“I’ve learnt to obey my doctor’s orders, rather than be the one issuing the orders,” Buhari told a delegation of visiting aides at the Abuja House in London. “Here, the doctor is absolutely in charge.”
Those who visited him included Nigeria’s information minister Lai Mohammed, spokesmen Femi Adesina and Garba Shehu, his adviser on foreign affairs and diaspora Abike Dabiri-Erewa and his personal assistant on social media Lauretta Onochie.
The president left Nigeria on May 7 for London for a second of treatment for an undisclosed ailment, transferring power to Vice President Yemi Osinbajo to lead the most populous African country.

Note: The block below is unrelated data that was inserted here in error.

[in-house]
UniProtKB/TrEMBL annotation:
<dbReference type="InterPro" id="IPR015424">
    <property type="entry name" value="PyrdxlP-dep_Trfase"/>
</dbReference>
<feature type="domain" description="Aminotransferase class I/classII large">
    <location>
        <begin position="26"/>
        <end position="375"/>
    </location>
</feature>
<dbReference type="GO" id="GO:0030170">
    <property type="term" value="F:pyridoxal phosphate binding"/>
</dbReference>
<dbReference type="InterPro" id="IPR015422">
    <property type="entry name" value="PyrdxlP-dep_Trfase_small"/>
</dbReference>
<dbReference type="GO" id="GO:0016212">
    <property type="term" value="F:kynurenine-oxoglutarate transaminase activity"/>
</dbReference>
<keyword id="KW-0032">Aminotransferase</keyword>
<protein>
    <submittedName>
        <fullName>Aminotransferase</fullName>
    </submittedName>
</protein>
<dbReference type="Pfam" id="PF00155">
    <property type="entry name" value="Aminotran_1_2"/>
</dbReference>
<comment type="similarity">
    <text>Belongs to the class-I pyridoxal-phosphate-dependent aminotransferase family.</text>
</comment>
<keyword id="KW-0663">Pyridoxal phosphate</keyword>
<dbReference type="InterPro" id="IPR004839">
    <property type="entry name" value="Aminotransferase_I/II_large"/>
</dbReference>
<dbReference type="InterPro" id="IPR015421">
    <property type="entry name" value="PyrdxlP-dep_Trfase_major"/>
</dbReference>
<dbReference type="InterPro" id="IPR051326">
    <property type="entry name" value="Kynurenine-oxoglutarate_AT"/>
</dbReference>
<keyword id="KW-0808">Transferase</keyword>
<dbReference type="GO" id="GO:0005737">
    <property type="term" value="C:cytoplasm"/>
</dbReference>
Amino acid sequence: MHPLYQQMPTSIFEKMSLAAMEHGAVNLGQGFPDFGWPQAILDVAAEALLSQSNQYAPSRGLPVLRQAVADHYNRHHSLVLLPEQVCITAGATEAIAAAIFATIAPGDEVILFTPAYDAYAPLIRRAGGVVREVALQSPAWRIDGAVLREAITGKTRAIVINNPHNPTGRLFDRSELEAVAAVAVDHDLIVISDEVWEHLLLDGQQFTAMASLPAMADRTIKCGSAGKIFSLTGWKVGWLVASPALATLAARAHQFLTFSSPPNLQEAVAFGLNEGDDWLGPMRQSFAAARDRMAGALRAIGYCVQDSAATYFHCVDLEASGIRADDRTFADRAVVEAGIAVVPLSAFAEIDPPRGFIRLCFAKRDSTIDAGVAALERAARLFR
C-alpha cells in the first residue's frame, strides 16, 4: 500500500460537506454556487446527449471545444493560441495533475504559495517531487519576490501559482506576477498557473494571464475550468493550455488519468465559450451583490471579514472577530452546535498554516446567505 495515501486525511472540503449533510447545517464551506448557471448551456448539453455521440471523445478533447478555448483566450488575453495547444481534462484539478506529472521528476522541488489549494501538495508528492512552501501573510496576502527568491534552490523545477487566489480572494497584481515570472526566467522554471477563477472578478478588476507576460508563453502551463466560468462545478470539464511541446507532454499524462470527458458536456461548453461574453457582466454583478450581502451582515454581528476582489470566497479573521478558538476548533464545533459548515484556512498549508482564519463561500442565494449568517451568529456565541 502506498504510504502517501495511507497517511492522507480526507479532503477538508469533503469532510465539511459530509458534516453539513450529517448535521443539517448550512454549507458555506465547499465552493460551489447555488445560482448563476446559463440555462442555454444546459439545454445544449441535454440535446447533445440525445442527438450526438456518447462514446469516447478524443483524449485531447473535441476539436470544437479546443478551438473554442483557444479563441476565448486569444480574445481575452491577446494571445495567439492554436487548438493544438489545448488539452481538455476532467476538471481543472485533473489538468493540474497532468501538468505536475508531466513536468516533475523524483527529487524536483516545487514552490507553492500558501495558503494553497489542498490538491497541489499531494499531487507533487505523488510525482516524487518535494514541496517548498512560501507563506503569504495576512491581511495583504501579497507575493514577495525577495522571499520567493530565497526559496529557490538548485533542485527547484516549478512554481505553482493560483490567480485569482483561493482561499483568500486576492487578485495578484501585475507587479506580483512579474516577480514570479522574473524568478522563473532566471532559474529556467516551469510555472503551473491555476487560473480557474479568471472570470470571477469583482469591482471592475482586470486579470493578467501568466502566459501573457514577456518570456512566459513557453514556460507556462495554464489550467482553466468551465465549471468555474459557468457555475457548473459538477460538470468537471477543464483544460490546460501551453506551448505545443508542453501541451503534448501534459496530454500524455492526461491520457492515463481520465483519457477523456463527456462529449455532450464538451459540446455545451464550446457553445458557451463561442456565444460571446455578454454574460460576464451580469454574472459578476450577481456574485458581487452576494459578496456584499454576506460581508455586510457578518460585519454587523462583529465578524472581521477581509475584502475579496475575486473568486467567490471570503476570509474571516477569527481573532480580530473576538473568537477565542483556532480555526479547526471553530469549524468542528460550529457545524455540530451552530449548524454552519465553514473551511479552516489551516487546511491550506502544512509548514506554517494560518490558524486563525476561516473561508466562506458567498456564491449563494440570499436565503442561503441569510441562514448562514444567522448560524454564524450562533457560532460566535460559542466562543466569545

He had earlier left Nigeria on January 19 for London to “undergo routine medical check-ups” during a short holiday. He only returned on March 10 after an extended period of medical treatment.
He tacitly acknowledged that he was very ill, telling his cabinet members that “I couldn’t recall being so sick since I was a young man.” He also said he had “blood transfusions, going to the laboratories and so on and so forth”.
His absence in Nigeria since May 7 has birthed rounds of protests and calls for him to resign. But much like his aides, Buhari has consistently said he would only return to Nigeria on the instruction of his doctors.
“I feel I could go home, but the doctors are in charge. I’ve now learnt to obey orders, rather than be obeyed,” he told his aides on Saturday, his spokesman Femi Adesina said in a statement.